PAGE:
What will remain as your nicest fashion memory?
I have been extremely lucky to work on several McQueen shows and have been twice backstage to see the designer work and question himself until the last minute before the show began. For “Plato's Atlantis” I ran into the room just before the lights went off. As often, these moments coincide with the exhaustion typical of the end of a fashion week and the release of pressure, and one is never too far from an emotional moment. I believe we have seldom seen anyone who has since pushed creation this far to immerse us into an imaginary world and make us think. This was perfectly the case with his next show “Natural Dis-tinction Un-Natural Selection”. Fashion is like cinema, you should always go over your basics to know what it is all about. There are about 30 shows of this kind you need to really have in mind.
Romy Ishii nominated you and wished to ask you this: “Why did you become self-employed? How do you choose your clients?”
I really wanted to try something different. As a press agent, your work remains the same, whether it has been going on for 3 or 10 years. After 10 years actually, I needed a new challenge to retain this passion. Turning my job into an interesting and rousing activity even if difficult on a daily basis. I often tried to bring young designers to the offices I used to work for - designers whose job is now well-known and appreciated. Then I was asked several times whether I was ready to take the plunge. I waited for my “in-house” career to be settled to do so. As far as clients are concerned, we try to make sure there is a certain balance between well-established brands and new designers - and also no competition between them. We only take one brand of accessories for instance, one men's brand, etc. When you look at it, we have been incredibly lucky to have been contacted over such a short period of time (we began in March 2015). If all goes well, three great brands will be announced within the next few months (Touch wood!).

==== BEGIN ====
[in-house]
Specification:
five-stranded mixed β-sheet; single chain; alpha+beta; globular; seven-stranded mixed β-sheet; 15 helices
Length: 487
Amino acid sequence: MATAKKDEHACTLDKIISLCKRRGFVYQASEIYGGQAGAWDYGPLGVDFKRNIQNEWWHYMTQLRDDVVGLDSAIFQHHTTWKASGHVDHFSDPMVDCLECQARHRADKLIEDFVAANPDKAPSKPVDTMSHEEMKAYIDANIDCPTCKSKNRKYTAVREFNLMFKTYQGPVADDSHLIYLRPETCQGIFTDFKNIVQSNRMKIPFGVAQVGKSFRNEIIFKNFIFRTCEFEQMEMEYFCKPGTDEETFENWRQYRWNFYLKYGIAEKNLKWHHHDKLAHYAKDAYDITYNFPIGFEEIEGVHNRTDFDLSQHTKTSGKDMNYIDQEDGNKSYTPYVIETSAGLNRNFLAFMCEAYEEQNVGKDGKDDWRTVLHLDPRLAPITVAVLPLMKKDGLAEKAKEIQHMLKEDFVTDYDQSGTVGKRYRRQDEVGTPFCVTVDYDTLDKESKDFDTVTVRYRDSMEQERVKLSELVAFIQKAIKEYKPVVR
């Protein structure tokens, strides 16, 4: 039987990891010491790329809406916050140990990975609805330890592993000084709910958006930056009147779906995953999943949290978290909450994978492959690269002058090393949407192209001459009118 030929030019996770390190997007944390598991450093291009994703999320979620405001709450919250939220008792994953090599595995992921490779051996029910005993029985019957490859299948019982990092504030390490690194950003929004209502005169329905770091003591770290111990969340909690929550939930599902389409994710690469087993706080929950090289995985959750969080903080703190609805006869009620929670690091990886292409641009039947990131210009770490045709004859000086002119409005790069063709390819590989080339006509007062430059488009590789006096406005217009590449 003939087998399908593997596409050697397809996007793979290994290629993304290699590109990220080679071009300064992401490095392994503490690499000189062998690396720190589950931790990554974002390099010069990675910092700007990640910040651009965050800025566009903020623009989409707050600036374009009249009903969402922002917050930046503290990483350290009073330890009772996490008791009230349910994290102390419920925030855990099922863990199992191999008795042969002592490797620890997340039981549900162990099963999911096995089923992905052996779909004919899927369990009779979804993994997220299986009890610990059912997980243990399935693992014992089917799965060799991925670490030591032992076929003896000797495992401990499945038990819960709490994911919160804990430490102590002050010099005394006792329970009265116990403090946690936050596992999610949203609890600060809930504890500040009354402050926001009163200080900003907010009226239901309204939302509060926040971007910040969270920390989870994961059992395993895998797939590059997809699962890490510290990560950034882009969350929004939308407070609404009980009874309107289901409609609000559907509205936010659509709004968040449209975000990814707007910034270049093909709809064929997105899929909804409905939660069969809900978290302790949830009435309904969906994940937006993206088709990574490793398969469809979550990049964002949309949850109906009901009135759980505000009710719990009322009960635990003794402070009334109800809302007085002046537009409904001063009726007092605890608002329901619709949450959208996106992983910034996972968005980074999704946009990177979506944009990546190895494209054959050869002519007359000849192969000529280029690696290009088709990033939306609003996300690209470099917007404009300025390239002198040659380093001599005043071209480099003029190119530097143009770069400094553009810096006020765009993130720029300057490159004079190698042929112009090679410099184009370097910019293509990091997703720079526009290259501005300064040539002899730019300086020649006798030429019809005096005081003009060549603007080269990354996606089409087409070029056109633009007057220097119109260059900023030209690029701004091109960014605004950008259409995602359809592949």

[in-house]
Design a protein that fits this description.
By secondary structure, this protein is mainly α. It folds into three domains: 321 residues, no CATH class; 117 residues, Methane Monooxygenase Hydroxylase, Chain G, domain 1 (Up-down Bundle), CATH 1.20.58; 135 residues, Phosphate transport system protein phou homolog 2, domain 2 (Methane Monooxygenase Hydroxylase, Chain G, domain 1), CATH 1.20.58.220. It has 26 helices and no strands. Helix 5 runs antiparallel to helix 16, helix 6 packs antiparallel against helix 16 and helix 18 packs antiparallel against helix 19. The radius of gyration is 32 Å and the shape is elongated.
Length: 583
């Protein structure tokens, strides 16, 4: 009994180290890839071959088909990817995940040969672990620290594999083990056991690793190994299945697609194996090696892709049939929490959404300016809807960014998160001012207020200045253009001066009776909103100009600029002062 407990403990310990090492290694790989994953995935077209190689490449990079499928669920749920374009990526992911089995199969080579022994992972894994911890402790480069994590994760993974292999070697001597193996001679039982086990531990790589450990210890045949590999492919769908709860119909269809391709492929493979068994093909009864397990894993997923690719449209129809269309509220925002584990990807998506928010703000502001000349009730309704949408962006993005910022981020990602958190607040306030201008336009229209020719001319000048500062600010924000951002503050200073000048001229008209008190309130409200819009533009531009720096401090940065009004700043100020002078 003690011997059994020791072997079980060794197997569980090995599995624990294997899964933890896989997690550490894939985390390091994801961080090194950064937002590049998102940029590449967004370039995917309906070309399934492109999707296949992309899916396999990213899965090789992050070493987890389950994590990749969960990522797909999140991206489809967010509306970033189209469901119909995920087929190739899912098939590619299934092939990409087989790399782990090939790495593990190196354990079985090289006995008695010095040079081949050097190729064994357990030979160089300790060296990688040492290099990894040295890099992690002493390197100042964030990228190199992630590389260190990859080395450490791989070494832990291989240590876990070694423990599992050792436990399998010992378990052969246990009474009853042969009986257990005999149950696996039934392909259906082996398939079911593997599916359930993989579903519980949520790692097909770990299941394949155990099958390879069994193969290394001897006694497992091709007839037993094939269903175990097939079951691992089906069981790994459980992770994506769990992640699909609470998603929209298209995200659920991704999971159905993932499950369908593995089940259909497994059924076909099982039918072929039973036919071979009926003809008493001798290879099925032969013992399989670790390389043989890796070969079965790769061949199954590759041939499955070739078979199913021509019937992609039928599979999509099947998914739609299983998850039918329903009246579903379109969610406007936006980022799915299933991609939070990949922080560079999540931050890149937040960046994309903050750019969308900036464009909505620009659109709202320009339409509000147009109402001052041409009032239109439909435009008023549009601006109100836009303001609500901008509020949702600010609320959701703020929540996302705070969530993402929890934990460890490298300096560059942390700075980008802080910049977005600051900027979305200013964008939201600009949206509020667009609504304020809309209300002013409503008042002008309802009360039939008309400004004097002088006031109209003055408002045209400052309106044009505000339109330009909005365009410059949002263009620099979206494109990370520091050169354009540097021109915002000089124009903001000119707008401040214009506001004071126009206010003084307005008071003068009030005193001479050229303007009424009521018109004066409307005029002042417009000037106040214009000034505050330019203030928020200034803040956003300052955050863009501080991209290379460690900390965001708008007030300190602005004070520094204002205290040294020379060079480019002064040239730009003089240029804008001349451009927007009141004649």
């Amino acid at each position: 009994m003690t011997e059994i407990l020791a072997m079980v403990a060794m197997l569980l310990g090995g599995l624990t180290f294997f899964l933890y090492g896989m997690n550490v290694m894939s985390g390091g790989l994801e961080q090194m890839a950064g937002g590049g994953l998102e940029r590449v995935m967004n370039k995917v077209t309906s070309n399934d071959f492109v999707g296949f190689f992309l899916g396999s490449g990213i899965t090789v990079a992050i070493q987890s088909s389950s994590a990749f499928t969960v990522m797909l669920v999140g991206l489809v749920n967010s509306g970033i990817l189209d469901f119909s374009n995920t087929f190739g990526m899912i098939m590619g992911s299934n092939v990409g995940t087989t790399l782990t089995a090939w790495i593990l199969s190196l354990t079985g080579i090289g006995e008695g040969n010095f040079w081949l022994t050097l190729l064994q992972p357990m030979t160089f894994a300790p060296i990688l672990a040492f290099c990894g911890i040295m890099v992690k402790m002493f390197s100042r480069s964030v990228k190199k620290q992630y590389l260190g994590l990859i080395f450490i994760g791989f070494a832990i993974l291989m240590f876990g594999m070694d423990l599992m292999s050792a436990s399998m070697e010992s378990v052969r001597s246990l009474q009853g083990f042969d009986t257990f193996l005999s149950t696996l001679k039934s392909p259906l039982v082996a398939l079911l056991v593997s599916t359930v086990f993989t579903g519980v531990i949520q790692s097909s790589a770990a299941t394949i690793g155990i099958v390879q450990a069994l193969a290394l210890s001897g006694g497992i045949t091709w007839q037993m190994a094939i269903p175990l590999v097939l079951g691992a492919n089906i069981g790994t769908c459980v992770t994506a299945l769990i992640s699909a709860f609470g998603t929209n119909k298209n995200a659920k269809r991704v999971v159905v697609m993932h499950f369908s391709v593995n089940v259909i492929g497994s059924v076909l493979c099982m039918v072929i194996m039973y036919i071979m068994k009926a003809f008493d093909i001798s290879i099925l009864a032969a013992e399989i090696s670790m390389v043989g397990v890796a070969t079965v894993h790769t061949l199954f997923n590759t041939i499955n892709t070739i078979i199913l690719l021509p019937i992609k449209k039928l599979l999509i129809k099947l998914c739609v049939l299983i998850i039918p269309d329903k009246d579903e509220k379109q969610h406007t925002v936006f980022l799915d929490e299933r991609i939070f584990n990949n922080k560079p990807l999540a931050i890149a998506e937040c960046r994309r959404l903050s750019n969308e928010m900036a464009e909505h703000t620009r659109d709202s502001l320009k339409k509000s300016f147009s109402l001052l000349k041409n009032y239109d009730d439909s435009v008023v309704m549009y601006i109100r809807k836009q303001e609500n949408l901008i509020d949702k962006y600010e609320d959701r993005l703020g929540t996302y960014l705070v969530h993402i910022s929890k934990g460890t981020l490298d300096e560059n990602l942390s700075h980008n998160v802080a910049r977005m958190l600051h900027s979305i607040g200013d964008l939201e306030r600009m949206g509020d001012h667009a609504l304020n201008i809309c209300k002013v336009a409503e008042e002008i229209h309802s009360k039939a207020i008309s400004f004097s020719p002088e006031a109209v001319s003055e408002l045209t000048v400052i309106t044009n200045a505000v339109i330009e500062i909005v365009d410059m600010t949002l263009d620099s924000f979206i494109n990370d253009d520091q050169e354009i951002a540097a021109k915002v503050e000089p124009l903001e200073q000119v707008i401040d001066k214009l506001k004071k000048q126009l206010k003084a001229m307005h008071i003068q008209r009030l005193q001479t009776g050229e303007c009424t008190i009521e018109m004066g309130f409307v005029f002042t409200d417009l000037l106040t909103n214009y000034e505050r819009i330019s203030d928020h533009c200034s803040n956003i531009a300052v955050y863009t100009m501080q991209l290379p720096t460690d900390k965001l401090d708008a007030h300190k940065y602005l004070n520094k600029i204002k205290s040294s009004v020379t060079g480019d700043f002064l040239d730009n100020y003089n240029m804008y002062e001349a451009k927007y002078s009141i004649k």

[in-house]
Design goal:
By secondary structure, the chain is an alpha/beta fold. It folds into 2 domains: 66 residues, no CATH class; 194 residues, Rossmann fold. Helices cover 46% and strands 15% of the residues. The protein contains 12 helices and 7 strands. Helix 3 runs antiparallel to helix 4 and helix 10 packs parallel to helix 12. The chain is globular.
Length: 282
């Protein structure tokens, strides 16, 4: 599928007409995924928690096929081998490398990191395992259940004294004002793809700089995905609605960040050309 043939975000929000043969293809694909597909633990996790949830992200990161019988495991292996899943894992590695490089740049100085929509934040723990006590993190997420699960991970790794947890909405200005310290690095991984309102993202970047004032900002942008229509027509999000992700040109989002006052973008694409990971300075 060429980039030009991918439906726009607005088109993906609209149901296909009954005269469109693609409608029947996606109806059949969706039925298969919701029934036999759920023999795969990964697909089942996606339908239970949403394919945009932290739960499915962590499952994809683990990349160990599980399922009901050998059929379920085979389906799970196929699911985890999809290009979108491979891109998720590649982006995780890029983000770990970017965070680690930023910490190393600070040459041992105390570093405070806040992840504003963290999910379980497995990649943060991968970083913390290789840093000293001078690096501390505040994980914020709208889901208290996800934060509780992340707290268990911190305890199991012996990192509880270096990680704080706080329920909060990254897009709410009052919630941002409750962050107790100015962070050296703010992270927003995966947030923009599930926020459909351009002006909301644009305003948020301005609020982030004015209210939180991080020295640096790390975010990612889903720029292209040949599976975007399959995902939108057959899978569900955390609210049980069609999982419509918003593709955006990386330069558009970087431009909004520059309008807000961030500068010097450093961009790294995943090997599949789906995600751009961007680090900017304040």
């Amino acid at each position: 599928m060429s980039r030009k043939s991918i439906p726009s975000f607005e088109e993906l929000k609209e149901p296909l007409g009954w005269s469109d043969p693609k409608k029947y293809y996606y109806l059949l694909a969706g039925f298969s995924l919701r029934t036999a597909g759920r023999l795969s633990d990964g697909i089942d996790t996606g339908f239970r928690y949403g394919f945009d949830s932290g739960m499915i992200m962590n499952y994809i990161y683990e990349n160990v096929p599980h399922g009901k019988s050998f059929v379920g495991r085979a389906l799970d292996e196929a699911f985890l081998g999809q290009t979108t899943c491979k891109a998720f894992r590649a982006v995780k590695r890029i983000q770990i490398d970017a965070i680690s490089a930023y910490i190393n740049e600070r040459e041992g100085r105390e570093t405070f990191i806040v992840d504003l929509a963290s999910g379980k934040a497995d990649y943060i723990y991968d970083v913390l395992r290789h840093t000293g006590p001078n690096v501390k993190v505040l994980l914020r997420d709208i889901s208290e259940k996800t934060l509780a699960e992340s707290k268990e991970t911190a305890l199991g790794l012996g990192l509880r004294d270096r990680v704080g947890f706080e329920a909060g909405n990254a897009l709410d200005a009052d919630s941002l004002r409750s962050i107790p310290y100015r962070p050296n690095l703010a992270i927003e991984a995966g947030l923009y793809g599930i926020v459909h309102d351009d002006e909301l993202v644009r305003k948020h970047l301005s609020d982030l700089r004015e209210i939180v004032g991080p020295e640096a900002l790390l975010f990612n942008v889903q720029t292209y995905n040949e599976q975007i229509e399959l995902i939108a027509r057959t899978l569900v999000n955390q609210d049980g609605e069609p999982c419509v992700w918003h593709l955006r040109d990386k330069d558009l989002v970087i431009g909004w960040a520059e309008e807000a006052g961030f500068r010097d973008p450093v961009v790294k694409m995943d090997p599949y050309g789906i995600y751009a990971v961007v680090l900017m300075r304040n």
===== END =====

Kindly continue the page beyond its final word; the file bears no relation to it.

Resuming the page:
When we interviewed Jean-Jacques PICART he was hoping the new interview would be of a young press officer to see how far his vision on this job was valid and where viewpoints differed. What do you think?
I can obviously confirm the fact that press officers have become “multi-fonctional super Shivas”. I have seen this since we went into business, brands come to see us for regular PR jobs but also for image consulting, designers' CVs. For some collections, we even work directly on the products themselves. I believe it is very hard to say things nowadays, for people of our generation. In our world, people are clearly used to smooth talk. Whenever something hurts, hell breaks loose. Or rather, public rows are so rare that they lead to discussions right away. The industry has been dictated to us from the start of the 2000s. I often have the impression that the young generation is rather developing on the margins of this system.
Who do you nominate for our next interview?
Fleur Pellerin, the French Culture Minister. You recently made public your wish to create a fashion school is France to compete with London's Saint Martins or Brussels' La Cambre. Could you tell us more about curricula, contributors, and whether you expect the Parisian luxury industry to help future students?
“Fashion is like cinema, you should always go over your basics to know what it is all about.”